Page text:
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Most sexually transmitted infections affect teens, young adults

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Most STDs affect
teens, young adults

In the heat of the moment, it’s a good bet sexually transmitted infections are the last thing on a teen’s or young adult’s mind.

Thus, according to the Centers for Disease Control and Prevention in Atlanta, young people ages 15 to 24, who make up just more than one-quarter of the sexually active population, account for half of the 20 million new sexually transmitted infections that occur in the U.S. each year.

With this being Sexually Transmitted Disease Awareness Month, officials are emphasizing efforts to educate teens and their parents about the public health issue to slow the spread of diseases among young people.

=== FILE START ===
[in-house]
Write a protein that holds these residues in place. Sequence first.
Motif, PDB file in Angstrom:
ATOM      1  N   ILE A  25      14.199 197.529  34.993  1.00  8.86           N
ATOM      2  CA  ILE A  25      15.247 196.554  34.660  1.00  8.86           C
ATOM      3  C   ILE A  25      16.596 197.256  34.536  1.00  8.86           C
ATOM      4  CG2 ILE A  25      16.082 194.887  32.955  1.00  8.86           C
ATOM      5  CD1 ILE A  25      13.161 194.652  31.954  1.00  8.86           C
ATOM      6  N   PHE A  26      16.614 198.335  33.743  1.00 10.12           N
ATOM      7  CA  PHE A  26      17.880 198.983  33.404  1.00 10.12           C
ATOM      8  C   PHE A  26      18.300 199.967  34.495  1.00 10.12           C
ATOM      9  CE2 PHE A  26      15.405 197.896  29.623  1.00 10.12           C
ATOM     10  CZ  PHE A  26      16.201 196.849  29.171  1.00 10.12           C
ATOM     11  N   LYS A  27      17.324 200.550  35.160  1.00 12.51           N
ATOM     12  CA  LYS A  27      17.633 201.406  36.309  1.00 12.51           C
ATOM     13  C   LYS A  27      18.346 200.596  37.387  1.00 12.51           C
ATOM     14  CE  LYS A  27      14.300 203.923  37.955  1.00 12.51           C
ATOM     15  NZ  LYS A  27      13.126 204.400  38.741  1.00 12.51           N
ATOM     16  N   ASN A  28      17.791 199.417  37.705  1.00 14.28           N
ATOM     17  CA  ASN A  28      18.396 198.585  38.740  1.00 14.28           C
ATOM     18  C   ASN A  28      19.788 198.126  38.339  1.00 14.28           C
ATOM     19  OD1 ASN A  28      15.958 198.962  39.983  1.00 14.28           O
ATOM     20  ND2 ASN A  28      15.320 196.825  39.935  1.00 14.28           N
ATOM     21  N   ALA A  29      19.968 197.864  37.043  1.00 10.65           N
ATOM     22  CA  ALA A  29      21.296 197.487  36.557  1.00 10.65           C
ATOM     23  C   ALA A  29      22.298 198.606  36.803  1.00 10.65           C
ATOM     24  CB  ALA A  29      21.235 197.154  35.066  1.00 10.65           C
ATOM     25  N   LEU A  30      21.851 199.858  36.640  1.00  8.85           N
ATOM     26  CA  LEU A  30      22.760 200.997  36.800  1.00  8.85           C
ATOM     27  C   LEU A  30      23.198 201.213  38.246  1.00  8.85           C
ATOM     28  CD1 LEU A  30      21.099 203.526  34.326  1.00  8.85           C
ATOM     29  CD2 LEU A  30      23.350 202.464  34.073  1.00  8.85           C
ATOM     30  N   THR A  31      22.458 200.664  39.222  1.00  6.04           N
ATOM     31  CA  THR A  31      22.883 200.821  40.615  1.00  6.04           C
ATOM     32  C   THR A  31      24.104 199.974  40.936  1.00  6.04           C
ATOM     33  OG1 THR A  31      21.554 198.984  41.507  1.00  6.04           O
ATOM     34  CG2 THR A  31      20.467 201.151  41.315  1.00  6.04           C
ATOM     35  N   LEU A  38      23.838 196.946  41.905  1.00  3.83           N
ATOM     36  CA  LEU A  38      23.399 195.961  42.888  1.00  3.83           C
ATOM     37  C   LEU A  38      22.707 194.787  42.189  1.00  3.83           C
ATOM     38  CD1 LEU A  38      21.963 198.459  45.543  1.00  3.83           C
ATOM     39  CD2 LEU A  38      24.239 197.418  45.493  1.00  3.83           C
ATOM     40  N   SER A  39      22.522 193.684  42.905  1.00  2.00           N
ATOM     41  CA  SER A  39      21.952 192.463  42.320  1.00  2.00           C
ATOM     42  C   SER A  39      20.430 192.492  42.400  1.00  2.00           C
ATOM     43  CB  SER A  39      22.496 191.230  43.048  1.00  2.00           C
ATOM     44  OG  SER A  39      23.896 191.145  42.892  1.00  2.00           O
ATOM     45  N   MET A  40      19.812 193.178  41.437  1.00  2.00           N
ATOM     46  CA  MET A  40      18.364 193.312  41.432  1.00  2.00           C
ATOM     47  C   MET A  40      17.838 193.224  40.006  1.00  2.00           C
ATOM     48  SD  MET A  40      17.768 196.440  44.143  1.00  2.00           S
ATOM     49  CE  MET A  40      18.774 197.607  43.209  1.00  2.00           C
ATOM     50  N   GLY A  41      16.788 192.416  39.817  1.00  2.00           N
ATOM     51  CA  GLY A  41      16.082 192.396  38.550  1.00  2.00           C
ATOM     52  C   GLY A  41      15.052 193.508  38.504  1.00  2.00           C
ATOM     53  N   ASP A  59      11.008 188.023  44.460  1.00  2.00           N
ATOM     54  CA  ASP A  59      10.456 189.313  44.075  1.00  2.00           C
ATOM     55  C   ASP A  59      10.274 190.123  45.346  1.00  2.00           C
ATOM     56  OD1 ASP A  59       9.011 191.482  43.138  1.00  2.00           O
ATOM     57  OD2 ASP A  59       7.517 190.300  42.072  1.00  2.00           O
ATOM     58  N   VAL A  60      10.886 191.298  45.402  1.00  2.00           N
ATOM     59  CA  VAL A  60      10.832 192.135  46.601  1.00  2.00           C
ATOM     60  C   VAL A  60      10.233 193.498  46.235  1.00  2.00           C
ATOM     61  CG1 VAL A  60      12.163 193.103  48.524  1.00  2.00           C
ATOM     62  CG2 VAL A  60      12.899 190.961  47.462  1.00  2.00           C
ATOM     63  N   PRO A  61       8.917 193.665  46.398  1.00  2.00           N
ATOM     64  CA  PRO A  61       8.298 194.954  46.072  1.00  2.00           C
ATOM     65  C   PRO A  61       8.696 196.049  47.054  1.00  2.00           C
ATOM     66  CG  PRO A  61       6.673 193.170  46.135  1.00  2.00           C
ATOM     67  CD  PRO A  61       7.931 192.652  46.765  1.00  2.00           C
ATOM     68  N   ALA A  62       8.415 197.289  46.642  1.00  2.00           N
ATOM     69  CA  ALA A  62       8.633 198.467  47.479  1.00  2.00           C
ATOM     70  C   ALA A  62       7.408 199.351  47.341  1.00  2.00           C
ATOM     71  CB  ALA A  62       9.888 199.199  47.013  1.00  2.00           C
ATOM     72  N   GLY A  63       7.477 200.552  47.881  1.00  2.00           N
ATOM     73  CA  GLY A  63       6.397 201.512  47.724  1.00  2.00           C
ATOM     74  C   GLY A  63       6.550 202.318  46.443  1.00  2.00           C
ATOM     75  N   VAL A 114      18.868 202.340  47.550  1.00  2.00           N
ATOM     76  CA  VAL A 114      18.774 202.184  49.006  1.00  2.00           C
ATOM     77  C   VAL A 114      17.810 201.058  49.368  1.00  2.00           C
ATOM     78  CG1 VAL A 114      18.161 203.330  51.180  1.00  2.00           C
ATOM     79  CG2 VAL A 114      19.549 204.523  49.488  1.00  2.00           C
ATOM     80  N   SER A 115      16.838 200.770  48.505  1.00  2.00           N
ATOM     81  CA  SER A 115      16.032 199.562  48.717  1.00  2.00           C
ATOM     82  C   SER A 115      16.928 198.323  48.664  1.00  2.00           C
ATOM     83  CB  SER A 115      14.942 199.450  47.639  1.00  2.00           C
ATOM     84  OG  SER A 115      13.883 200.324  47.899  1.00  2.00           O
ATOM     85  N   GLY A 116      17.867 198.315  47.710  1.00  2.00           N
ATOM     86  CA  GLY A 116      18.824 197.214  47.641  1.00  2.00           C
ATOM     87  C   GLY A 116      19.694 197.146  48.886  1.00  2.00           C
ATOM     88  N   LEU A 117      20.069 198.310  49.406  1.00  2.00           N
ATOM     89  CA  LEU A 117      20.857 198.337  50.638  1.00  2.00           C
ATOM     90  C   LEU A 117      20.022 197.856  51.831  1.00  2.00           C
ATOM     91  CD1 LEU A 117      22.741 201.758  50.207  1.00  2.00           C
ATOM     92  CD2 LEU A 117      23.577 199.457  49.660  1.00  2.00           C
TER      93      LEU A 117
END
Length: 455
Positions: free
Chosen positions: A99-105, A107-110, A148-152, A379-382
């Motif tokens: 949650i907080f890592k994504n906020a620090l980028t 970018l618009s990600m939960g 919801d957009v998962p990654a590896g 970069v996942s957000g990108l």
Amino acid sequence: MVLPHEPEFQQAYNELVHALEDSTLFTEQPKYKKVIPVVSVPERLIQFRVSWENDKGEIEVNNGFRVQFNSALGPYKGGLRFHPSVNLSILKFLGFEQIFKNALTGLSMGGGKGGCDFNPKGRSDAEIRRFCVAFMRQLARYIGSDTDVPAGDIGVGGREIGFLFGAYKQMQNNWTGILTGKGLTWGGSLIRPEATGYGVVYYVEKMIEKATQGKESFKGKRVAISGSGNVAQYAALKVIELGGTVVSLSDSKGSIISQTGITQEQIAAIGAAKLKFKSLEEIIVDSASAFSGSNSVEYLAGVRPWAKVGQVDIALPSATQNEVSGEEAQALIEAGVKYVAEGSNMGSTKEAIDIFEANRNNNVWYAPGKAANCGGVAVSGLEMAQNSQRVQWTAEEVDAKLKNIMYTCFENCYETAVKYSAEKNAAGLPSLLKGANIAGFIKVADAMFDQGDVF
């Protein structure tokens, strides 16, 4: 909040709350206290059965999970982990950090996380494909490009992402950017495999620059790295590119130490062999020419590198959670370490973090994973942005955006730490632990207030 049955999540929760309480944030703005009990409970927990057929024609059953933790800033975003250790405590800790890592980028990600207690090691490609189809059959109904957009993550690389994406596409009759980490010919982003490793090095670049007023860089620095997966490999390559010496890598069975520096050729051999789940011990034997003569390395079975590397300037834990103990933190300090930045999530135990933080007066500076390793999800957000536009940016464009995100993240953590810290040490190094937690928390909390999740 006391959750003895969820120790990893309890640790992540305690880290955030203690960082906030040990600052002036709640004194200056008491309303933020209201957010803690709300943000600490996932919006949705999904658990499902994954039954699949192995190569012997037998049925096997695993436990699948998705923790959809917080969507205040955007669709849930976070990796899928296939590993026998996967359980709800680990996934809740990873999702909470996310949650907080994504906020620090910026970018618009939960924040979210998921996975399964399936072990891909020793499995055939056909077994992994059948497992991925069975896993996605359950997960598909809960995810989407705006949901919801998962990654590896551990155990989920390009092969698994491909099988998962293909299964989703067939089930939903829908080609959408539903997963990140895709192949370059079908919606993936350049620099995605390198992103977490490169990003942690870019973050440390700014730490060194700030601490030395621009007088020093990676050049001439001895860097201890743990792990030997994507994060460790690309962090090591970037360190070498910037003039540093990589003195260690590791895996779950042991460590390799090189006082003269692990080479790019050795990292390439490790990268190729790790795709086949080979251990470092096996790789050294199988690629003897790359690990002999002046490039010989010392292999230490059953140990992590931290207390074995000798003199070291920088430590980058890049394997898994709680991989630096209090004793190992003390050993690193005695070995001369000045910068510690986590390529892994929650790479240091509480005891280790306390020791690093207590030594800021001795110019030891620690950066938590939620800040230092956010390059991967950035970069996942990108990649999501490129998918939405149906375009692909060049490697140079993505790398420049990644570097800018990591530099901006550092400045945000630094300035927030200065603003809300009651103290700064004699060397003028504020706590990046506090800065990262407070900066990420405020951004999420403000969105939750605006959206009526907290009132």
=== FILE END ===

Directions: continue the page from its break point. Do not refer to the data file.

In addition to providing testing, some localities are leveraging social media to help inform the public about treatments, prevention strategies and the need to get tested.

“It is a sobering reality that so many young people are infected with STDs and even more startling, the number of these young people who aren’t even aware of it,” said Dr. Patrick O’Neal, director of health protection at the Georgia Department of Public Health. “Our goal is to reduce incidence of STDs and the disparity in numbers of young people infected, and cutting down sexual transmission of STDs.”

While sexually transmitted infections affect people of all ages, they take a particularly heavy physical toll on young people, said Dr. Gail Bolan, director of the CDC’s Division of STD Prevention.

Among the eight common sexually transmitted infections, she said, the human papillomavirus, or HPV, is by far the most common among teens and young adults.

— THE ATLANTA JOURNAL-CONSTITUTION

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